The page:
In August 2010, Oracle sued Google for infringement of Java patents and copyrights obtained from the Sun acquisition. Judge Alsup has set the matter for trial on April 16. Because the trial is scheduled for eight weeks, Judge Alsup has ordered Oracle and Google submit proposals to streamline the trial. In response, Oracle and Google filed the following joint statement of trial streamlining proposals in court yesterday.
I think the consensus is Google's primary risk is it may be required to pay major damages (e.g., hundreds of millions) for copyright infringement. The risk of paying major damages for patent infringement is less likely for the following reasons:
Google is faced with only two patents at trial. It used to be faced with seven US patents, but Google aggressively filed for reexamination of the patents. Only two Oracle patents survived for the trial: U.S. Reissue No. 38,104 (the '104 reissue patent) and U.S. Patent No. 6,061,520 (the '520 patent). My previous post: Patent Reexamination Has Arrived - Oracle v. Google gives details.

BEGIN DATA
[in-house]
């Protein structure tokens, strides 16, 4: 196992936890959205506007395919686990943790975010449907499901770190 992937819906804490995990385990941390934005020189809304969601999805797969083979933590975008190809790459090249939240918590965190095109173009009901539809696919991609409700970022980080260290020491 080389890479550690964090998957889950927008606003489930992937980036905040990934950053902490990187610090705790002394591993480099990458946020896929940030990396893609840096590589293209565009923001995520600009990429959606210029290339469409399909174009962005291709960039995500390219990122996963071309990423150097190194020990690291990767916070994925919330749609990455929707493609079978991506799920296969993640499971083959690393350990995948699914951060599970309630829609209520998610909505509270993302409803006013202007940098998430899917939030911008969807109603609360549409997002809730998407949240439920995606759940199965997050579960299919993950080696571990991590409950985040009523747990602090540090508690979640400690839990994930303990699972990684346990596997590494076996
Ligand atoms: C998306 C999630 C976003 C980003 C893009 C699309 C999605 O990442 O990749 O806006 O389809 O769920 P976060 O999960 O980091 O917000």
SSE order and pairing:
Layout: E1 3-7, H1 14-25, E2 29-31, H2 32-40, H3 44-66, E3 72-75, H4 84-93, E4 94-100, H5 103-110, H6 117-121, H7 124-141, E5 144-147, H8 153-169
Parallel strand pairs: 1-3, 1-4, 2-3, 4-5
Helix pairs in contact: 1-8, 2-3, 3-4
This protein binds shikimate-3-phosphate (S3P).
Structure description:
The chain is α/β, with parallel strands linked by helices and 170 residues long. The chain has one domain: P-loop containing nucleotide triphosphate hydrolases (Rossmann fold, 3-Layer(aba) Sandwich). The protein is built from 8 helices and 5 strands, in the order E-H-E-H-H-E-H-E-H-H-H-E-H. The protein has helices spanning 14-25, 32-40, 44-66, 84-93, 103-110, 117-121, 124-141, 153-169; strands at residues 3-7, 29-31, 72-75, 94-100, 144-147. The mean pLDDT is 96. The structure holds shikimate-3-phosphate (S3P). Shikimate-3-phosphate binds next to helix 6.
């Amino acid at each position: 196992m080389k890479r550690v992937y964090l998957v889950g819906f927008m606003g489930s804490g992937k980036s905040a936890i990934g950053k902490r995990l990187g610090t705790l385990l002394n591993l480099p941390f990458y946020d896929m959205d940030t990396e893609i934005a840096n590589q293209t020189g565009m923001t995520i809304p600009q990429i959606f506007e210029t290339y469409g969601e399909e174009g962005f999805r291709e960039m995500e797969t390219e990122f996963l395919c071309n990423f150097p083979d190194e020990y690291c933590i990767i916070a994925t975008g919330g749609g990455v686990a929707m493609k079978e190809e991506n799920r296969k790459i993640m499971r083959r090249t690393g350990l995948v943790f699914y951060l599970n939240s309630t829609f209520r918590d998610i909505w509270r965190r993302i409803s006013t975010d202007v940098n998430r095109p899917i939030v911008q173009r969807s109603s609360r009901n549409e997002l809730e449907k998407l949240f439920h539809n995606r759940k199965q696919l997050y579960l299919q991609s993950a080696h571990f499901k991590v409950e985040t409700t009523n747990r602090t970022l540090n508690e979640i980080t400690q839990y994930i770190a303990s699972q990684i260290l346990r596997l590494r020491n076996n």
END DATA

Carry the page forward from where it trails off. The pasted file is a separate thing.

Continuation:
Google has limited past damages. Google was able to prove that Oracle and Sun had not marked any practice products so limited damage to those after Oracle gave Google notice under 35 USC 287. My previous post: Failure to Patent Mark - Losing Easy Money gives additional details.
Google is negotiating for a low ball amount for future damages. Google proposes to pay Oracle $2.7 million and 0.5% of Android revenues for the '104 reissue patent expiring in December 2012 and $80,000 and 0.015% for the '520 patent expiring in 2018. Since Google gives away Android free to handset manufacturers, revenue for this proposal may be based on Google ads and third party applications. I am not certain from the joint statement how Google intends the revenue be established, and why Oracle should accept the independent damages expert's royalty (0.015%) and unadjusted damages of a mere $80,000 for the '520 patent.
Google may win the judge's favor in agreeing to drop its invalidity defense to the '520 patent. Google had to prove invalidity by clear and convincing evidence so giving it up may not mean much: "Judge Alsup I am giving up this (difficult) defense and streamlining my case for trial, so please side with me...."
Google has preserved the defense of non-infringement. Oracle has to prove infringement by a preponderance of the evidence and this is often a potent defense for defendants.
Google is not engaging Oracle with its damage proposals. In my opinion, Oracle may be right to rebuff Google's "low ball" and go to trial. The proposed damages appear to be too low. I think everybody knows it, but this is positional bargaining 101.
Copyright © 2012 Robert Moll. All rights reserved.